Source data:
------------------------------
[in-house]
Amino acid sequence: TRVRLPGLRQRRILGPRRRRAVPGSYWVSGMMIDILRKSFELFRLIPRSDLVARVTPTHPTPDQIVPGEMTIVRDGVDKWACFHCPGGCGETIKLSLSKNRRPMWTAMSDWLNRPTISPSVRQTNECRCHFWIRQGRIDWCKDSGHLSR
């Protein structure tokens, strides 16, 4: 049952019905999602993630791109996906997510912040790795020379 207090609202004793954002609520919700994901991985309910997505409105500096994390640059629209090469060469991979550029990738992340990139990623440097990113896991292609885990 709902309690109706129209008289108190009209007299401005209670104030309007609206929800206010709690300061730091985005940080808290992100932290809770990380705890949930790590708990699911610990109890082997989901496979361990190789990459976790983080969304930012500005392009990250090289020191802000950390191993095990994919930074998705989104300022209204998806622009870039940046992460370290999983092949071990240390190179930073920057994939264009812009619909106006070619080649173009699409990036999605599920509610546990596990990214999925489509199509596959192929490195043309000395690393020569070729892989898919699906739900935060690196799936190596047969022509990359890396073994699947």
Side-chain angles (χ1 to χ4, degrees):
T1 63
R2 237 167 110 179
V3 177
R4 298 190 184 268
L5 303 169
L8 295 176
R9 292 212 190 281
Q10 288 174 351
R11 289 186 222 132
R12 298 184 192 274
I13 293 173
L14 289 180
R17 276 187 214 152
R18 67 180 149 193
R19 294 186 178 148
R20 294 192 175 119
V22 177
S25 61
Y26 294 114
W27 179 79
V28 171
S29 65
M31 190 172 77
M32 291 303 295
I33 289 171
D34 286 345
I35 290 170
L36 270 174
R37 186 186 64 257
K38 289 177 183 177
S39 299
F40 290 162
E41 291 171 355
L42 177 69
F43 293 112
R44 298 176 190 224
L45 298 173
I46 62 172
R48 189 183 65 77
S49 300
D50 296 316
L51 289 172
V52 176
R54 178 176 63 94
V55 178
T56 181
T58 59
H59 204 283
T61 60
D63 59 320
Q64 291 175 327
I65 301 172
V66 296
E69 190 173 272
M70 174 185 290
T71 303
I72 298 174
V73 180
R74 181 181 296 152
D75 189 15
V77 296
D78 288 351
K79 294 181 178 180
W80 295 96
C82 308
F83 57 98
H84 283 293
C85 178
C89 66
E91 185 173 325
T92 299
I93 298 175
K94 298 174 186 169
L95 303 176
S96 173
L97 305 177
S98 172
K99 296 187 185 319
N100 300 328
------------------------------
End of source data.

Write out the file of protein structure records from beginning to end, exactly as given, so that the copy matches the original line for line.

[in-house]
Amino acid sequence: TRVRLPGLRQRRILGPRRRRAVPGSYWVSGMMIDILRKSFELFRLIPRSDLVARVTPTHPTPDQIVPGEMTIVRDGVDKWACFHCPGGCGETIKLSLSKNRRPMWTAMSDWLNRPTISPSVRQTNECRCHFWIRQGRIDWCKDSGHLSR
């Protein structure tokens, strides 16, 4: 049952019905999602993630791109996906997510912040790795020379 207090609202004793954002609520919700994901991985309910997505409105500096994390640059629209090469060469991979550029990738992340990139990623440097990113896991292609885990 709902309690109706129209008289108190009209007299401005209670104030309007609206929800206010709690300061730091985005940080808290992100932290809770990380705890949930790590708990699911610990109890082997989901496979361990190789990459976790983080969304930012500005392009990250090289020191802000950390191993095990994919930074998705989104300022209204998806622009870039940046992460370290999983092949071990240390190179930073920057994939264009812009619909106006070619080649173009699409990036999605599920509610546990596990990214999925489509199509596959192929490195043309000395690393020569070729892989898919699906739900935060690196799936190596047969022509990359890396073994699947």
Side-chain angles (χ1 to χ4, degrees):
T1 63
R2 237 167 110 179
V3 177
R4 298 190 184 268
L5 303 169
L8 295 176
R9 292 212 190 281
Q10 288 174 351
R11 289 186 222 132
R12 298 184 192 274
I13 293 173
L14 289 180
R17 276 187 214 152
R18 67 180 149 193
R19 294 186 178 148
R20 294 192 175 119
V22 177
S25 61
Y26 294 114
W27 179 79
V28 171
S29 65
M31 190 172 77
M32 291 303 295
I33 289 171
D34 286 345
I35 290 170
L36 270 174
R37 186 186 64 257
K38 289 177 183 177
S39 299
F40 290 162
E41 291 171 355
L42 177 69
F43 293 112
R44 298 176 190 224
L45 298 173
I46 62 172
R48 189 183 65 77
S49 300
D50 296 316
L51 289 172
V52 176
R54 178 176 63 94
V55 178
T56 181
T58 59
H59 204 283
T61 60
D63 59 320
Q64 291 175 327
I65 301 172
V66 296
E69 190 173 272
M70 174 185 290
T71 303
I72 298 174
V73 180
R74 181 181 296 152
D75 189 15
V77 296
D78 288 351
K79 294 181 178 180
W80 295 96
C82 308
F83 57 98
H84 283 293
C85 178
C89 66
E91 185 173 325
T92 299
I93 298 175
K94 298 174 186 169
L95 303 176
S96 173
L97 305 177
S98 172
K99 296 187 185 319
N100 300 328